and account for the spatial variability in yield, soil carbon, water scarcity, and biodiversity across
Canada. The nutritional quality of the traditional all-beef (without cooked lentils) and reformulated
(with cooked lentils) burgers is compared using the relative amounts of 27 essential nutrients and five
nutrients of health concern [7].
2. Materials and Methods
2.1. Ingredient Composition of Food Products
Recipes for traditional all-beef and lentil reformulated beef burger patty were obtained from
popular websites [
31
]. The serving size of typical beef burger patty in Canada is 4 oz (i.e., 115 g)
containing around 113.77 g of raw ground beef (~98.93% of total mass), one g of salt (0.87%) and 0.23 g
of black pepper (0.2%).
On the other hand, the lentil reformulated beef burger patty contains 75.84 g of raw ground beef
(66%), and 30.41 g of whole cooked lentils (26.5%), 7.51 g of water while the amounts of salt and pepper
remains the same as in the traditional burger patty. The formulation for this product was provided
by Lentils.org, an organization tasked with promoting the consumption of lentils in North America
and around the world. This organization is promoting this blended burger concept and has tested the
recipe. This recipe consists of 67% beef and 33% lentil puree, of which 26.5% is whole cooked lentils
and 6.5% is water. (33% lentil puree =26.5% whole cooked lentils +6.5% water.)
Since the nutrient composition of regular and lean beef diers considerably, we considered them
separately. We thus carried out the nutritional analysis for four dierent burger patties—regular beef,
lean beef, regular beef reformulated with lentil puree, and lean beef reformulated with lentil puree.
Lentil puree is simply 80% cooked lentils mixed with 20% water by mass. A list of ingredients used in
each of the four patty is listed in Table 1.
Table 1.
Mass of raw ingredients (g) required for the production of one serving (4 oz, 115g) of traditional
and lentil reformulated beef burger patty.
Ingredients Salt Water Whole
Cooked Lentils Black Pepper Raw Ground
Beef, Regular
Raw Ground
Beef, Lean
Regular beef burger
with lentil puree 1 7.5 30.4 0.2 75.8 0
Lean beef burger with
lentil puree 1 7.5 30.4 0.2 0 75.8
Regular beef burger 1 0 0.00 0.2 113.8 0
Lean beef burger 1 0 0.00 0.2 0 113.8
2.2. Nutrient Composition of Ingredients
The nutrient composition (per 100-g) of raw ingredients used in making beef patties is presented
in Table 2. The nutrient composition data for whole cooked green lentils was provided by independent
nutrient analysis (Silliker Canada Co., Markham, Ontario, MB, Canada) while for the other ingredients,
the values were taken from the Canadian Nutrient File [32].
Sustainability 2020,12, 6712 4 of 18
Table 2.
Nutrient composition of burger ingredients are presented, i.e., amounts of energy, 27 essential
nutrients and five nutrients of health concern per 100 g of ingredients.
Nutrient Content Per
100 g Salt Whole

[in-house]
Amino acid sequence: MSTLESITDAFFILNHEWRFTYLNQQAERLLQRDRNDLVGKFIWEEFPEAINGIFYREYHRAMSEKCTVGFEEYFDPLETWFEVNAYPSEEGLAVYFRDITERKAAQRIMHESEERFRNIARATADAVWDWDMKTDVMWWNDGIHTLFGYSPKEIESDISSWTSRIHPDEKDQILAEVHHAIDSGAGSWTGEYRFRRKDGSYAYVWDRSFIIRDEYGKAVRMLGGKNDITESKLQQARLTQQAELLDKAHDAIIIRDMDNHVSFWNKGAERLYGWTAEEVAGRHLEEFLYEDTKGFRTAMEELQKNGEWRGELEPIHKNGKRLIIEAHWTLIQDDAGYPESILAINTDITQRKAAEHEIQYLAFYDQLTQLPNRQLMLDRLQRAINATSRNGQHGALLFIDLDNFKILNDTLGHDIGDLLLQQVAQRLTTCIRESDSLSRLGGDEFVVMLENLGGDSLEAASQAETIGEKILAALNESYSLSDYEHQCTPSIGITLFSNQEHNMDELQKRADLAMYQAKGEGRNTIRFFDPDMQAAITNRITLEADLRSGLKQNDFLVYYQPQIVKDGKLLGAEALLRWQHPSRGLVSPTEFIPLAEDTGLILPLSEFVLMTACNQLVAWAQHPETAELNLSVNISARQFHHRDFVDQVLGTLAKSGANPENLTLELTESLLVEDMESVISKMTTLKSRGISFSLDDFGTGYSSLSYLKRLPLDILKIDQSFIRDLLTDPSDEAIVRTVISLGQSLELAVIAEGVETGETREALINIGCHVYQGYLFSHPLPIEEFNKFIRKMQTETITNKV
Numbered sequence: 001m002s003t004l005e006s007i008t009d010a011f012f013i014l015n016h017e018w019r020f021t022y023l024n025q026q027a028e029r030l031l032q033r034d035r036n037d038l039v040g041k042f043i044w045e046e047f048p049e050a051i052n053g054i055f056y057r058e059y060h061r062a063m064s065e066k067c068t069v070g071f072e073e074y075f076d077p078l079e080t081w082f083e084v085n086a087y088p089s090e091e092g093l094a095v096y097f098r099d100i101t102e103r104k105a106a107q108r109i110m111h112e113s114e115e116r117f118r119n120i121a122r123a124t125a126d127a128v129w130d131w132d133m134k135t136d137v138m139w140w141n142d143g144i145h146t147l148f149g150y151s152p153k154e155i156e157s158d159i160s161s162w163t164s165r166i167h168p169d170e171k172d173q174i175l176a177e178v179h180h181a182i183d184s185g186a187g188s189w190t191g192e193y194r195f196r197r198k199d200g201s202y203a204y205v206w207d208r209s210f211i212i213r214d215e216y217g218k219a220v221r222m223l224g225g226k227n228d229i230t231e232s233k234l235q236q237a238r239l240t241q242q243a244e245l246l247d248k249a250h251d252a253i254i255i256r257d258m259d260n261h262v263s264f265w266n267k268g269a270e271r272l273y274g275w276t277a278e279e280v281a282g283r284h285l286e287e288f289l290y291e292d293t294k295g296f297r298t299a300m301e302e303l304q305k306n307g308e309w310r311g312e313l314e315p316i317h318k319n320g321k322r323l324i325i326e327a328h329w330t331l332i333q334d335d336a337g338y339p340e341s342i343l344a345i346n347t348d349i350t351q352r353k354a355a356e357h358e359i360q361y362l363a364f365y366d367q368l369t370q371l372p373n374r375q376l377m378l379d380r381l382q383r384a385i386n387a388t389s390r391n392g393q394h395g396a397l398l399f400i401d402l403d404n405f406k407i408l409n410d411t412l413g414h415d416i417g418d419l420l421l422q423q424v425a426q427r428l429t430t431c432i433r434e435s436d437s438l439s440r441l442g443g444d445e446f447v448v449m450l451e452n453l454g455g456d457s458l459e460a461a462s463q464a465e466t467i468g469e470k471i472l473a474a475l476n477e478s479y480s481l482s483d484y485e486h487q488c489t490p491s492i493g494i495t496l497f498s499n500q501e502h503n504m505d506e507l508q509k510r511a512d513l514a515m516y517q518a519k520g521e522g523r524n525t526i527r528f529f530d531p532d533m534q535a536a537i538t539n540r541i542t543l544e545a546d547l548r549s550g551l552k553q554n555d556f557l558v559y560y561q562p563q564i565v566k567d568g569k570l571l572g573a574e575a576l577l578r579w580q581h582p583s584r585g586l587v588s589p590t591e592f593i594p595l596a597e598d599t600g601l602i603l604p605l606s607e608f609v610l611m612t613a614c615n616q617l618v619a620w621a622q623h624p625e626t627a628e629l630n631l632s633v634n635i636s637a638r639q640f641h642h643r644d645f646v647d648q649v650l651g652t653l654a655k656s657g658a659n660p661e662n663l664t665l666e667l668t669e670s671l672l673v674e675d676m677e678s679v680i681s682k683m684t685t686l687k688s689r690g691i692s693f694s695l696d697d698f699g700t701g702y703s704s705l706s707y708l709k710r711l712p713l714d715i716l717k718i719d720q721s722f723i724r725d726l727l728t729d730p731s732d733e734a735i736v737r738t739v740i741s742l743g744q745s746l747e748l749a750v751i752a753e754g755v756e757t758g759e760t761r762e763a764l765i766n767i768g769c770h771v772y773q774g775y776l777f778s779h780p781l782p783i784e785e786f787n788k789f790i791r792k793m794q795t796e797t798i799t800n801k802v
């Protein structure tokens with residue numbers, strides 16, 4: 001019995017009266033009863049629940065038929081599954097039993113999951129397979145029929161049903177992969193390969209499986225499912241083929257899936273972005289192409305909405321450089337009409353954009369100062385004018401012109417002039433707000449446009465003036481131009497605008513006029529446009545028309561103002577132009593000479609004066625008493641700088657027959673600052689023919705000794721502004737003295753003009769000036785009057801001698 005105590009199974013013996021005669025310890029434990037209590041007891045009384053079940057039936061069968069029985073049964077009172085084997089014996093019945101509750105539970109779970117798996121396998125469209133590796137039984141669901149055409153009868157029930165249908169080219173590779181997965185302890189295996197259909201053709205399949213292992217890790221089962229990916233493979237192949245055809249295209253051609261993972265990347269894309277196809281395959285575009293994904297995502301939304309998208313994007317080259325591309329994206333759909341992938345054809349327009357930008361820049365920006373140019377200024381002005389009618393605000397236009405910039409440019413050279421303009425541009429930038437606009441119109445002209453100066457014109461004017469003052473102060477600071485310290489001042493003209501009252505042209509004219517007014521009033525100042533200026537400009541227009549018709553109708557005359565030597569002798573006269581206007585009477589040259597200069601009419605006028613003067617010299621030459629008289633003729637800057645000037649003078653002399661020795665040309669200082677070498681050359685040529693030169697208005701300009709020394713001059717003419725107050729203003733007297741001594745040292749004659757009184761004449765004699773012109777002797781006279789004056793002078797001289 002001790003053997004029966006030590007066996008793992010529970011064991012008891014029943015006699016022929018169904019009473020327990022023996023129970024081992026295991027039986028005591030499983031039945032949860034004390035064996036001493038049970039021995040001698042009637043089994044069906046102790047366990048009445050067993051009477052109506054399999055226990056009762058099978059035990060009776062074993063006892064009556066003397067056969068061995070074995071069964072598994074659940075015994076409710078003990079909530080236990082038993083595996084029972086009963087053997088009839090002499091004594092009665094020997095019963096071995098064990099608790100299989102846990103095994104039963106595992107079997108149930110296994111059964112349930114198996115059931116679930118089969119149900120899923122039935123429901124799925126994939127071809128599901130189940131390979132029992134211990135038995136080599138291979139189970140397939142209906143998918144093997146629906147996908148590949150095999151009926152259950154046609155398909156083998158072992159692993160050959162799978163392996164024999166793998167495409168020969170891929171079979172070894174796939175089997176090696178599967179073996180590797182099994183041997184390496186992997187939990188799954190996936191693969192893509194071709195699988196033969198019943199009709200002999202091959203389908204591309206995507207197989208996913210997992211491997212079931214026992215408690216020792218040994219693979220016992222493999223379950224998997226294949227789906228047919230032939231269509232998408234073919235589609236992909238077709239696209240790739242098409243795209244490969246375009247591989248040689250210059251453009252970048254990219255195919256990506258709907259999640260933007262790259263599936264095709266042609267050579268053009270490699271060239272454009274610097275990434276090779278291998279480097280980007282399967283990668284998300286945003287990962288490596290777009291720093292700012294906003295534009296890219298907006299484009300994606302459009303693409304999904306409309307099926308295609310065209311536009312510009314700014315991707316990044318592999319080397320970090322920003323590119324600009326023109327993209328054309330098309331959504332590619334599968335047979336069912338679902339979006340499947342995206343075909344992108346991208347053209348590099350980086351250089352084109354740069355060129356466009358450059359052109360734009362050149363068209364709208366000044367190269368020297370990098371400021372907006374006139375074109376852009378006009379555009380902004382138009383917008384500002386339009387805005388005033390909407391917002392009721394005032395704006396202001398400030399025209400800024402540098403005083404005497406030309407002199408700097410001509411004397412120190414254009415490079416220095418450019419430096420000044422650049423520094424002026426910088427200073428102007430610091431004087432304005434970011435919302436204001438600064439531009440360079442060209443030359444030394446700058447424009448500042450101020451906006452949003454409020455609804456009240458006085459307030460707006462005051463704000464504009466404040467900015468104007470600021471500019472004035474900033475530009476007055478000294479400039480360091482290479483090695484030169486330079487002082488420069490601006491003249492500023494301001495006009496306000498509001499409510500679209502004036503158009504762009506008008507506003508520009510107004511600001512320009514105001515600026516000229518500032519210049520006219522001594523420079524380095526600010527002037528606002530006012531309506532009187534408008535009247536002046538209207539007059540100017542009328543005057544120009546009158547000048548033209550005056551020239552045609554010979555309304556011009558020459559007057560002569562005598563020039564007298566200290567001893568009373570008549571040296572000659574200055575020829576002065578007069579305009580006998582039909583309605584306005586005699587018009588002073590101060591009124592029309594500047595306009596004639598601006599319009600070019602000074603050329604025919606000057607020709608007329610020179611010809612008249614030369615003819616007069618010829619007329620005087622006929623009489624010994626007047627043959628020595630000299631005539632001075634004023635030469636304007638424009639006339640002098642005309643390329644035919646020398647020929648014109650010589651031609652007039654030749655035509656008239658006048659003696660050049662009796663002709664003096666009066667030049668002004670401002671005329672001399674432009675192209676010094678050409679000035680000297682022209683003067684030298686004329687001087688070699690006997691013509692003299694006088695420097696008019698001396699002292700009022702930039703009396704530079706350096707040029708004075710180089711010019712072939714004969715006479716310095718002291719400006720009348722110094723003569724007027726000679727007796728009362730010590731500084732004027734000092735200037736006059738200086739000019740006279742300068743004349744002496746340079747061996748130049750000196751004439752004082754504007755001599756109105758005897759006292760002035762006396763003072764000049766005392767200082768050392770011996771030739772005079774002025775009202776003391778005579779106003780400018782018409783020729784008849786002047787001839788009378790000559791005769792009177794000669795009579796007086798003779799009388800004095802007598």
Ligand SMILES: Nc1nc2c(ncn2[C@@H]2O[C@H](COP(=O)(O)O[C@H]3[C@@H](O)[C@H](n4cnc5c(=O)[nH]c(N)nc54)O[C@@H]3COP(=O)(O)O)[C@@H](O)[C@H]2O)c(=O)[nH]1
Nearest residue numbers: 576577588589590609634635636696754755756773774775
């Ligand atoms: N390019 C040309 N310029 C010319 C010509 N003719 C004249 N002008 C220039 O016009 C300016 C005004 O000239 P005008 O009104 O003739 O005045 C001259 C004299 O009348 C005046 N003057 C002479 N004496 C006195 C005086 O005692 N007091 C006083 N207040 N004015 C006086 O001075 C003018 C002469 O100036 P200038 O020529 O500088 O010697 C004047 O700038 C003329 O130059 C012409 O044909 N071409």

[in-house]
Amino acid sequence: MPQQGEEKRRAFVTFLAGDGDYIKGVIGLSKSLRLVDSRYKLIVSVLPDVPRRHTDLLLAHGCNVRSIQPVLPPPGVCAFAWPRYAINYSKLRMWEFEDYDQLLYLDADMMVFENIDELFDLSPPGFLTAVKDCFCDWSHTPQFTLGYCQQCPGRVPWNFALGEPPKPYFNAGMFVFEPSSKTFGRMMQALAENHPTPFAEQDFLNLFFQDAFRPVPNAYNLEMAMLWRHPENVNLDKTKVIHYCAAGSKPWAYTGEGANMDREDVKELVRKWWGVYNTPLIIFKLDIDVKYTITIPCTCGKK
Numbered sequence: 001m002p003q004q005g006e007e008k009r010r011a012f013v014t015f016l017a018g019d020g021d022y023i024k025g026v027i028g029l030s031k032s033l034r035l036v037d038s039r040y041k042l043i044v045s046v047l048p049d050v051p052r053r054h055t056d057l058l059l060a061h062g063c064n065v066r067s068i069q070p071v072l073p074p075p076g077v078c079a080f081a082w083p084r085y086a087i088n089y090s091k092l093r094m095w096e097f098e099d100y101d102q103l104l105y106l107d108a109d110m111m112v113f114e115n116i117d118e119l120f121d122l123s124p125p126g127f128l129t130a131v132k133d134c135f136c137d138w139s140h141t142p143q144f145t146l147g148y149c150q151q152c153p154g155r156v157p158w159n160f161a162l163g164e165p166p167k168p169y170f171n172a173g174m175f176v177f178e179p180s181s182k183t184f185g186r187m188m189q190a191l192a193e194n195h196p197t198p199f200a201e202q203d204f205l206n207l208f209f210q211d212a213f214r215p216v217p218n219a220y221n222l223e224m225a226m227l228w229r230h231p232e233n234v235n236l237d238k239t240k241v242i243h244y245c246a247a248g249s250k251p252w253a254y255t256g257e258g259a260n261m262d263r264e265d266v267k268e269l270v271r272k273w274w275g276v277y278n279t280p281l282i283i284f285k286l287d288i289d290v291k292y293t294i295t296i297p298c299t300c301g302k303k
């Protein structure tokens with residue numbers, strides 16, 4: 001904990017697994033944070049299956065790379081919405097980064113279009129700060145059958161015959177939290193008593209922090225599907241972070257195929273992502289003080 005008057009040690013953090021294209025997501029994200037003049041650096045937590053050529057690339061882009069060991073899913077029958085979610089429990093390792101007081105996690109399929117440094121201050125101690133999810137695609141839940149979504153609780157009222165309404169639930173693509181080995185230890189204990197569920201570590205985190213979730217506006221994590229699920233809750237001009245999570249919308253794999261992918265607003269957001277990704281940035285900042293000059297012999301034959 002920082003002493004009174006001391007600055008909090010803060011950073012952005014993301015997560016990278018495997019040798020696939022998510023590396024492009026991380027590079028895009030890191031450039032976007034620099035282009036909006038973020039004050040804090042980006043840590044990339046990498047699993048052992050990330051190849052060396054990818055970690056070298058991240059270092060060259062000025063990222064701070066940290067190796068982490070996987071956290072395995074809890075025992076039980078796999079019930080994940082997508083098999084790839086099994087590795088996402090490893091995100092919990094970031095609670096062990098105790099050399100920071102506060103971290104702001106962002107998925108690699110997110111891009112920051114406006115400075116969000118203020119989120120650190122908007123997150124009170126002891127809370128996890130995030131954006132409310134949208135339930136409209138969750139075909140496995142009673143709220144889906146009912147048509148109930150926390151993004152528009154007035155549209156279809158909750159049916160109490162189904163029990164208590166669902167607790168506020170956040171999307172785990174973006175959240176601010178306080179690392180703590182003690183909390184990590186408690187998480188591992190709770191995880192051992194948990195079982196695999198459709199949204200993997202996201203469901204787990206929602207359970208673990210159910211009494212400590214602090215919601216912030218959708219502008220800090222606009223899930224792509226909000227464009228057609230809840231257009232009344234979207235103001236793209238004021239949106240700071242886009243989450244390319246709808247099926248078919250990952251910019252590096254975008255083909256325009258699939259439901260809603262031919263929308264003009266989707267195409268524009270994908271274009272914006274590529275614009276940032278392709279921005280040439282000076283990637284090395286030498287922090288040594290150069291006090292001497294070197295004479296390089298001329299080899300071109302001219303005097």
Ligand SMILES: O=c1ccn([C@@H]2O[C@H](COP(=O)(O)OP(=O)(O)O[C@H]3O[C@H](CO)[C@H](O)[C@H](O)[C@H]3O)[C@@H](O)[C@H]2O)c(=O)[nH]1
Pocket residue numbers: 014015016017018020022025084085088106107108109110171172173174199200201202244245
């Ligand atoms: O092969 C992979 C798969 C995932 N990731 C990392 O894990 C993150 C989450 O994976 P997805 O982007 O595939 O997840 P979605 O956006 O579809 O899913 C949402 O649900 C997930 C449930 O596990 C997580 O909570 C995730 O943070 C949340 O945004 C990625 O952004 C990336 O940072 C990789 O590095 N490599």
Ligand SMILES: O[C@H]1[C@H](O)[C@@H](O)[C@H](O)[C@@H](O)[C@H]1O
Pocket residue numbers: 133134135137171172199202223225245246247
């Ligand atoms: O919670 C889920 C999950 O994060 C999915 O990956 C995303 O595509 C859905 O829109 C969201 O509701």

Cooked Lentils Black Pepper Raw Ground
Beef, Regular
Raw Ground
Beef, Lean
Source: CNF#: 214 Independent
analysis CNF#: 198 CNF#: 2786 CNF#: 2683
Energy (kcal) 0 156 251 293 207
Water (g) 0 61.05 12.46 58.12 66.48
Protein (g) 0 12.82 10.39 16.55 19.58
Dietary fiber (g) 0 9.7 25.3 0 0
α-Linolenic Acid (mg) 0 0.05 * 0.152 0.103 0.055
Linoleic Acid (mg) 0 0.19 * 0.694 0.327 0.248
Vitamins
Total Folate (µg) 0 42.8 17 7 8
Niacin (mg) 0 2.41 * 2.11 7.775 9.442
Pantothenic acid (mg) 0 0.638 * 1.399 0.562 0.708
Riboflavin (mg) 0 0.073 * 0.180 0.185 0.228
Thiamin (mg) 0 0.169 * 0.108 0.1 0.108
Vitamin A as RAE (µg) 0 20 27 0 4
Vitamin B6(mg) 0 0.178 * 0.291 0.212 0.238
Vitamin B12 (µg) 0 0 0 2.35 2.35
Vitamin C (mg) 0 1 0 0 0
Vitamin D (µg) 0 0 * 0 0.1 0.1
Vitamin E (mg) 0 0.11 * 1.04 0.17 0.17
Vitamin K (µg) 0 1.7 * 163.7 0.5 1.8
Choline (mg) 0 32.7 * 11.3 56.4 56.4
Minerals
Calcium (mg) 24 27.6 443 11 10
Copper (mg) 0.03 0.251 * 1.33 0.1 0.082
Iron (mg) 0.33 2.6 9.71 1.8 1.8
Magnesium (mg) 1 40.8 171 17 19
Manganese (mg) 0.1 0.494 * 12.75 0.017 0.01
Phosphorous (mg) 0 132 158 136 161
Potassium (mg) 8 274 1329 231 271
Selenium (µg) 0.1 30 * 4.9 12.7 15
Zinc (mg) 0.1 1.15 1.19 4.18 4.58
Nutrients of concern
Total Fat (g) 0 0.55 3.26 24.7 13.68
Trans Fat (g) 0 0.01 * 0 0.61 0.462
Saturated Fat (g) 0 0.15 1.392 10.168 5.462
Cholesterol (mg) 0 0 0 66 60
Sugar (g) 0 0.38 0.64 0 0
Sodium (mg) 38758 6 20 60 63
* Data corresponding to these nutrients were not provided by the independent analysis and was imputed from the
data for boiled lentils from the Canadian Nutrient File (File #3393).
2.3. Calculation of the Nutritional Quality of Burger Patties
By multiplying the ingredient amounts (from Table 1) with their respective nutrient composition
values per g (from Table 2), the amounts of dierent nutrients in each of the four burger patties were
obtained. The nutritional quality of traditional and reformulated patties was determined using the
Nutrient Balance Concept (NBC) proposed by Fern et al. [
33
] and applied by Chaudhary et al. [
7
] for
their yellow pea reformulation study. The NBC provides an aggregated measure of nutrient density of
the foods by averaging the ratio of amount of qualifying (essential) or disqualifying (of health concern)
nutrients in 2000 kcal of a given food with their daily recommended intake values (DVs). The NBC
consists of three metrics: the Qualifying index (QI), the Disqualifying Index (DI), and the Nutrient
Balance Score (NBS).
Sustainability 2020,12, 6712 5 of 18
The QI is defined as the mean of the ratio of qualifying nutrients contained in 2000 kcal of a given
food relative to their Daily Values (DV) across qualifying nutrients Equation (1).
QIk=
2000 kcal
Ek
×PNq
j=1
ak,j
DVj
Nq(1)
where
QIk